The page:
Artist Aslı Kutluay's Melting Point project, on display at the Magazzino Gallery and curated by Vittorio Urbani in preview of the 15th Venice Architecture Biennial from April 6 to May 20, has opened once again after the great interest received by the audience.
The second opening of the exhibition, which will be on display until June 22 took place at the gallery, located inside the Palazzo Contarini Polignac near the Grand Canal of Venice. In addition to the "Melting Point Project," the Ankara-based artist's work titled, "Breath of Spring" was also included in the exhibition, a piece inspired by the 9,000-year-old cave murals in Çatalhöyük.
The artist created a new series of work for the exhibition venue decorated with "dysfunctional" furniture to create a bond between art and location. Kutluay created a disturbing scenario in which the audience will have a chance to see the effects of global warming concepts such as "melting" and "fractures" on furniture. Through her artwork and installation, the artist points to human beings as the source of these disturbing outcomes.
Her furniture designs also offer a new perspective to atone for the things we have lost in nature and our consciousness while highlighting the fact that the quality of communication between human beings and communities are lost due to the damaged ecological balance between us and nature.
For instance, the artwork titled, "Wirenets" stands as a symbol of country borders. This artwork compels the audience and asks the question, "Do we really need borders?" and, "When don't we need borders?" Furthermore, Kutluay's artworks underscore that we need to rediscover and redefine the moral values that we lost thousands of years ago through respect, trust and intrinsic satisfaction.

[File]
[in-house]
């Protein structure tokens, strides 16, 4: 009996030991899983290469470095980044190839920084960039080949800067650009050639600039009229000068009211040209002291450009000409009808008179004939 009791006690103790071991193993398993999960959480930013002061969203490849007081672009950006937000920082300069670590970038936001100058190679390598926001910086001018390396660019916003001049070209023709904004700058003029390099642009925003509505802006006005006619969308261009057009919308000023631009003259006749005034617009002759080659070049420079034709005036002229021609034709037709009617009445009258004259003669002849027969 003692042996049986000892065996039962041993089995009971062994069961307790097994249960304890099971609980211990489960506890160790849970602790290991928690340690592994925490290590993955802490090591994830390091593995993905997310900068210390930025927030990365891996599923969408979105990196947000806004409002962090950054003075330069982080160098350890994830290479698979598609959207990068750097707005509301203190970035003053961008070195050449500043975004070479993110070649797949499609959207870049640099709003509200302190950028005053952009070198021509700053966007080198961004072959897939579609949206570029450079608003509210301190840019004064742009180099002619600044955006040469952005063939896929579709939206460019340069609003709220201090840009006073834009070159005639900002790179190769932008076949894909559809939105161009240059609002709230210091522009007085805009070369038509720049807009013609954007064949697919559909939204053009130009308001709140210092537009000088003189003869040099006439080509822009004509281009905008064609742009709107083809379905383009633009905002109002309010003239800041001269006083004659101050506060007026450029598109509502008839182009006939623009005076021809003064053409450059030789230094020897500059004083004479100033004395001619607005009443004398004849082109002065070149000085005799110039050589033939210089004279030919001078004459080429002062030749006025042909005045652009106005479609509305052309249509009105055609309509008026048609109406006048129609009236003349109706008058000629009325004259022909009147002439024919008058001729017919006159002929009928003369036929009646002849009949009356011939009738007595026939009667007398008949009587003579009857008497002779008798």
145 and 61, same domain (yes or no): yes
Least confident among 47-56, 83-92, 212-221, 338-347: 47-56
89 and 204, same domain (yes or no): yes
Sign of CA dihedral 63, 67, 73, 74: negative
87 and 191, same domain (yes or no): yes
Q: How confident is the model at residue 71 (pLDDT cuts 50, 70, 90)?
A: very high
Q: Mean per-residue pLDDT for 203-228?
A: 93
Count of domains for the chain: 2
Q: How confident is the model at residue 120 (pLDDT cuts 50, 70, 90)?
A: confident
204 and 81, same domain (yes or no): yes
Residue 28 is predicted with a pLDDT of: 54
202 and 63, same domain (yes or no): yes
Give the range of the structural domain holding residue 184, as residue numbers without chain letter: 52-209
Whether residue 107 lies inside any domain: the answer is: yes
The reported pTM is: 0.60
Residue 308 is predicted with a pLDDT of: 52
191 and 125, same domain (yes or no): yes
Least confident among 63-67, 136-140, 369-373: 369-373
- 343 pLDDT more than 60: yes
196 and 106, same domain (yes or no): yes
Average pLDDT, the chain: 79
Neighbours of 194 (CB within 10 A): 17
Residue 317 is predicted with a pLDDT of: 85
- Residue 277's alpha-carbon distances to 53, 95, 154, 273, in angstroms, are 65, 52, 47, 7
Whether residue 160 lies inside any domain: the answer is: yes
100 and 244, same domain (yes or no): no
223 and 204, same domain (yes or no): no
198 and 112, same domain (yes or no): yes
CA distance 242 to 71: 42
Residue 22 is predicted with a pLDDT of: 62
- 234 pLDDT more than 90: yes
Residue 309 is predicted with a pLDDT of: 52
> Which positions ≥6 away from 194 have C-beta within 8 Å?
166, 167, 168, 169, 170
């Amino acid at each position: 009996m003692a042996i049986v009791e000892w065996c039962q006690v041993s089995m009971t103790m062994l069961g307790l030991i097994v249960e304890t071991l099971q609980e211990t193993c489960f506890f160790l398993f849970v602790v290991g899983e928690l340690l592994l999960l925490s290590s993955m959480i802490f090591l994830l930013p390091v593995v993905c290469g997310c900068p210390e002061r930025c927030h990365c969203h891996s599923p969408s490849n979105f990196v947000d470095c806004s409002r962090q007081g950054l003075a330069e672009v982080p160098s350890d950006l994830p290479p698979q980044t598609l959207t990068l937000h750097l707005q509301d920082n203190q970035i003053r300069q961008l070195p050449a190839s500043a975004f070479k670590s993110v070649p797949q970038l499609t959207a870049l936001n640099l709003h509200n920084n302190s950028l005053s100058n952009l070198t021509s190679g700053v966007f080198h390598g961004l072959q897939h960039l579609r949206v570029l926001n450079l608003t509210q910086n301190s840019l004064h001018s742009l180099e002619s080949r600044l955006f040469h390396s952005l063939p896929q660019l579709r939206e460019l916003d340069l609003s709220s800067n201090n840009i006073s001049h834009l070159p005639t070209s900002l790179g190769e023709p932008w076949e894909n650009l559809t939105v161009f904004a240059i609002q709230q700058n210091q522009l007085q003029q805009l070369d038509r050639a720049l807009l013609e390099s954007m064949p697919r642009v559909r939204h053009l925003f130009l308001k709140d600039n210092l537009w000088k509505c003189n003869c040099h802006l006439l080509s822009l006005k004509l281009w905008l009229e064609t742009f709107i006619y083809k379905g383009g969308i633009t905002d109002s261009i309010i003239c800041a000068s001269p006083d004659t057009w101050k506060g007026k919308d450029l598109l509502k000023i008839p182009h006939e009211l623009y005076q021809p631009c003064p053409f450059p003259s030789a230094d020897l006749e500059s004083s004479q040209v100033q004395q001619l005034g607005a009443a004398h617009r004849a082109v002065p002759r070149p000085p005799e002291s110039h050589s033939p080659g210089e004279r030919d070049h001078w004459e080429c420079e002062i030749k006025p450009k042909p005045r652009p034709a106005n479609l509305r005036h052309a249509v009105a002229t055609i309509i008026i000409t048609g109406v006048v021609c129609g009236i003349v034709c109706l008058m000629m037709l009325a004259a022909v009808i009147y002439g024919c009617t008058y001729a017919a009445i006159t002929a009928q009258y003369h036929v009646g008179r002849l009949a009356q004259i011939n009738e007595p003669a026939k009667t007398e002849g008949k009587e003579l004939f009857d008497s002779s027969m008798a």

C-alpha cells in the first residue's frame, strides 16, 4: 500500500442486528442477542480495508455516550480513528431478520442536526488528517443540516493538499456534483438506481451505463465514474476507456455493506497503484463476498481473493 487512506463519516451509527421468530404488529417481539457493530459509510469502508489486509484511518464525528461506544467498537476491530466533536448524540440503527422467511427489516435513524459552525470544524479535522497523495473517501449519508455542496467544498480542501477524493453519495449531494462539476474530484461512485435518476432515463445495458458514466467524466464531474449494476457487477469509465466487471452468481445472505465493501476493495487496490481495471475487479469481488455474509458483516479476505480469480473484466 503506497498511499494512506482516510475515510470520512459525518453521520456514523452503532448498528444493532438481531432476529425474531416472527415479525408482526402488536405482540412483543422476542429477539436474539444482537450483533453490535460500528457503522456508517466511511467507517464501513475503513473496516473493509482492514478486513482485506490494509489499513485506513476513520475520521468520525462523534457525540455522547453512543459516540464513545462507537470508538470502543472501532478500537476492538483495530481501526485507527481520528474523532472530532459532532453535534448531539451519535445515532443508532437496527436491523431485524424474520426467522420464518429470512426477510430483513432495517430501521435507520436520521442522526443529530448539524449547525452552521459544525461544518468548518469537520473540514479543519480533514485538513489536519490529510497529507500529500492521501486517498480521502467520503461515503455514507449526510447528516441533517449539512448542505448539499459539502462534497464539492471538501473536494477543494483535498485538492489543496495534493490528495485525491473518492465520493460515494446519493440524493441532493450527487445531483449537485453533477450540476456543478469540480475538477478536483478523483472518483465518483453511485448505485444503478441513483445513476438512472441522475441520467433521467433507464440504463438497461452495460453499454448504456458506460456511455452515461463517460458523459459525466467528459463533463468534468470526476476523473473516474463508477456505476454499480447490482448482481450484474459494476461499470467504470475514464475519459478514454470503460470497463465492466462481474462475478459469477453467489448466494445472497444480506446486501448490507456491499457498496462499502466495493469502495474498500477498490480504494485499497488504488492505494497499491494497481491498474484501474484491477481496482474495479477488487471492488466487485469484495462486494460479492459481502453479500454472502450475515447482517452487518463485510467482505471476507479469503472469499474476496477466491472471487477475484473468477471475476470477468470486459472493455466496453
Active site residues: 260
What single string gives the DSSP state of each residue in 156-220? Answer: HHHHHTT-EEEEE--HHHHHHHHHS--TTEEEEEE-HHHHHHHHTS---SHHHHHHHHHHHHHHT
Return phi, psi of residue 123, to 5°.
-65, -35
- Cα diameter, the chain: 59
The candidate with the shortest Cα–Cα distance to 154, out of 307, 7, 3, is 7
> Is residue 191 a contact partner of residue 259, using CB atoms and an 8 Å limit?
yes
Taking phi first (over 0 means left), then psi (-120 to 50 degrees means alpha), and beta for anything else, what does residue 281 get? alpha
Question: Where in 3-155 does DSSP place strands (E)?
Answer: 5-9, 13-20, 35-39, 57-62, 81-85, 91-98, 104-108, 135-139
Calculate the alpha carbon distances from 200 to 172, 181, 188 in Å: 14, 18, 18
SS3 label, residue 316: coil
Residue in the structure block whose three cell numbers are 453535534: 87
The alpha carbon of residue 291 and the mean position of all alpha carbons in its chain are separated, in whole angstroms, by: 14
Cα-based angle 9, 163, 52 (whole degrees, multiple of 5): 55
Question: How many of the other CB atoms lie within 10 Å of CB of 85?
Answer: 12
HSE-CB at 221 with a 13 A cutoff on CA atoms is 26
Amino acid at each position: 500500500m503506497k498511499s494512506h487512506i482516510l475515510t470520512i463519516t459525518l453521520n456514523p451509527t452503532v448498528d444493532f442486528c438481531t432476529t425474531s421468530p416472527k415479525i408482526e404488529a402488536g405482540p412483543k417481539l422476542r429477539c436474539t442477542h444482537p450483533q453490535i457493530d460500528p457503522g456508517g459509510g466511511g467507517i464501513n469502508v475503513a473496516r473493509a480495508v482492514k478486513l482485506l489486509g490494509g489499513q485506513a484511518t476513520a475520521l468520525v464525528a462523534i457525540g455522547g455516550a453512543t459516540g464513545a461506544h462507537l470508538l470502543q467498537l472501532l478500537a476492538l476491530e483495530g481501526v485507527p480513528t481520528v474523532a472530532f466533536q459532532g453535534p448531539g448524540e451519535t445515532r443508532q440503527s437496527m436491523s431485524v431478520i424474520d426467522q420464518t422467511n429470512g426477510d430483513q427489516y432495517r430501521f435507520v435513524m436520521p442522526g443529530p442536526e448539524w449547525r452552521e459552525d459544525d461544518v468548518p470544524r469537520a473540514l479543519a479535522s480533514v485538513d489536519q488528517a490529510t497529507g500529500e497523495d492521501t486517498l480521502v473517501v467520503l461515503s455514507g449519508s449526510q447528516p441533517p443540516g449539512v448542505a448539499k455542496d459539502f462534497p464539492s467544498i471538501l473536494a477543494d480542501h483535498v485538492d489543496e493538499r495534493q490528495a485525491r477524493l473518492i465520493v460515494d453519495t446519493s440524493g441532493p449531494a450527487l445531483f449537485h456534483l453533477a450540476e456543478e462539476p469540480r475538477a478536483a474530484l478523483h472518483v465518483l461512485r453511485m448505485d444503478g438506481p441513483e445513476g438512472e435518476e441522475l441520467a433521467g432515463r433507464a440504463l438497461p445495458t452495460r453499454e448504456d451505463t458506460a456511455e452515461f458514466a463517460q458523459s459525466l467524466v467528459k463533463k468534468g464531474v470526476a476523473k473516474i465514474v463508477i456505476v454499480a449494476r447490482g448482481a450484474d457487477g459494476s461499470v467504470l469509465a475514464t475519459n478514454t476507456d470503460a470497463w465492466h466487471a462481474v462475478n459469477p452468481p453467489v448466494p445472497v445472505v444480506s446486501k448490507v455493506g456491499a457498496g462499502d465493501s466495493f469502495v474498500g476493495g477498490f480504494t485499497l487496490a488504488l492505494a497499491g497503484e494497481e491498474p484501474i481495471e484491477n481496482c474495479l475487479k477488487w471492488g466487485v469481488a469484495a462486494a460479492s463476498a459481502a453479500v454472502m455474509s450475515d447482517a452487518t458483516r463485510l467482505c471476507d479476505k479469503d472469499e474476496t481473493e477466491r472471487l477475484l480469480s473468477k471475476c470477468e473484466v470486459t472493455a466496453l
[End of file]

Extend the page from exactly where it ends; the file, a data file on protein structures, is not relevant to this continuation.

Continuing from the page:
Another work from Kutluay's exhibition titled, "Aftermath," is composed of two Victorian-style chairs and a dilapidated coffee table, damaged by exposure to heat and dirt. The installation criticizes "the power struggle" that causes decay in people and communities.
"Stalactites and Stalagmites" an exhibition wrapped in wires and red lights, symbolizes nature and assumes the role of remembering the influence of "ego" to audience members throughout the exhibition. In the exhibition, the same reference can also be seen in the installation titled, "Crack," which is a table divided into two parts, similar to a Ying Yang. The empty space between the two pieces of the table stands for the space that we need in every relationship while underlying the relationship between heat and the ego and advises the audience to step down from the stairs inside them gradually to have their feet on the ground.
The video installation titled, "Our Blue Planet" was shot by the artist herself in December 2015 in Dubai. The video, set near a poolside surrounded by modern architecture buildings and huge palm trees, aims to tell the audience of mankind's struggle to collect water with man-made tools such as filters and blue mosaics, because water will be one of the most valuable things in the future.
Kutluay's space-oriented, exclusive artworks create a balance between art and design. If "art" were a metaphor hidden inside an object and "design" were the industrial production of functional objects, all the works featured in Kutluay's series would be rethought and redesigned by the artists in aesthetic forms.
Born in 1970 in Ankara, the designer and artist has always emphasized that dreaming is a creative process and a source of happiness for him. Kutluay observes the richness of the geographic area where she was born as well as its negative sides, using her imagination and creativity as a solution for all problems, using her paintings, sculptures, designs and installations as vessels for this. Some of her solo exhibitions were displayed at the CERMODERN, the Armony Platform, the Gallery Artist LAB and Kav in Ankara, Armaggan, Gallery Eksen, Şeli Sanat,Istanbul Design Week in Istanbul, the Artifact Gallery in New York and the Artem Gallery in Bratislava.